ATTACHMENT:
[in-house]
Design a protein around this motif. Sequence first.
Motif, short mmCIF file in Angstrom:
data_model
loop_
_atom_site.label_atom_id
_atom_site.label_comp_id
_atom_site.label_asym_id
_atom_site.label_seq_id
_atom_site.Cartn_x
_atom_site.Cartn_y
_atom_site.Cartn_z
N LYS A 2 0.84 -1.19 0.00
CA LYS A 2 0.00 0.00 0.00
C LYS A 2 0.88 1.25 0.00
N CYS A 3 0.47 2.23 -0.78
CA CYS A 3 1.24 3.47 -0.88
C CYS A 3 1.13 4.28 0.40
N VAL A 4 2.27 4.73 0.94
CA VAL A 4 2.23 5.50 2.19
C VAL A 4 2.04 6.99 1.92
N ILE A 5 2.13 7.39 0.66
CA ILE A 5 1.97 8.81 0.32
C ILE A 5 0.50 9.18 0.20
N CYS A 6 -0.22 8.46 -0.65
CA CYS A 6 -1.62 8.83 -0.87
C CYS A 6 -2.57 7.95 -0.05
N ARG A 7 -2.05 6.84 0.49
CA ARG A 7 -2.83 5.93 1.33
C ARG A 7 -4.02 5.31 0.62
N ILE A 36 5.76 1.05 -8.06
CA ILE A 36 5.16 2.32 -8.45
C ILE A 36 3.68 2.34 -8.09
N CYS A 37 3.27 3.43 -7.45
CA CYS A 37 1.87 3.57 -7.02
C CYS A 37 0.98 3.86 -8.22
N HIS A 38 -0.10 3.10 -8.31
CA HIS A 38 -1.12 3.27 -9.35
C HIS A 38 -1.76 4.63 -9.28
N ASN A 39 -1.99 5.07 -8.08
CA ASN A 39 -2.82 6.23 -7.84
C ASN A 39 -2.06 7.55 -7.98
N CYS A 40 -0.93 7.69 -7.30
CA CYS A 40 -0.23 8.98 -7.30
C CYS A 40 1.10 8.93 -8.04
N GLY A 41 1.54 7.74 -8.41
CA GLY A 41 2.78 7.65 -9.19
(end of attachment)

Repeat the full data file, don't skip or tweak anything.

[in-house]
Design a protein around this motif. Sequence first.
Motif, short mmCIF file in Angstrom:
data_model
loop_
_atom_site.label_atom_id
_atom_site.label_comp_id
_atom_site.label_asym_id
_atom_site.label_seq_id
_atom_site.Cartn_x
_atom_site.Cartn_y
_atom_site.Cartn_z
N LYS A 2 0.84 -1.19 0.00
CA LYS A 2 0.00 0.00 0.00
C LYS A 2 0.88 1.25 0.00
N CYS A 3 0.47 2.23 -0.78
CA CYS A 3 1.24 3.47 -0.88
C CYS A 3 1.13 4.28 0.40
N VAL A 4 2.27 4.73 0.94
CA VAL A 4 2.23 5.50 2.19
C VAL A 4 2.04 6.99 1.92
N ILE A 5 2.13 7.39 0.66
CA ILE A 5 1.97 8.81 0.32
C ILE A 5 0.50 9.18 0.20
N CYS A 6 -0.22 8.46 -0.65
CA CYS A 6 -1.62 8.83 -0.87
C CYS A 6 -2.57 7.95 -0.05
N ARG A 7 -2.05 6.84 0.49
CA ARG A 7 -2.83 5.93 1.33
C ARG A 7 -4.02 5.31 0.62
N ILE A 36 5.76 1.05 -8.06
CA ILE A 36 5.16 2.32 -8.45
C ILE A 36 3.68 2.34 -8.09
N CYS A 37 3.27 3.43 -7.45
CA CYS A 37 1.87 3.57 -7.02
C CYS A 37 0.98 3.86 -8.22
N HIS A 38 -0.10 3.10 -8.31
CA HIS A 38 -1.12 3.27 -9.35
C HIS A 38 -1.76 4.63 -9.28
N ASN A 39 -1.99 5.07 -8.08
CA ASN A 39 -2.82 6.23 -7.84
C ASN A 39 -2.06 7.55 -7.98
N CYS A 40 -0.93 7.69 -7.30
CA CYS A 40 -0.23 8.98 -7.30
C CYS A 40 1.10 8.93 -8.04
N GLY A 41 1.54 7.74 -8.41
CA GLY A 41 2.78 7.65 -9.19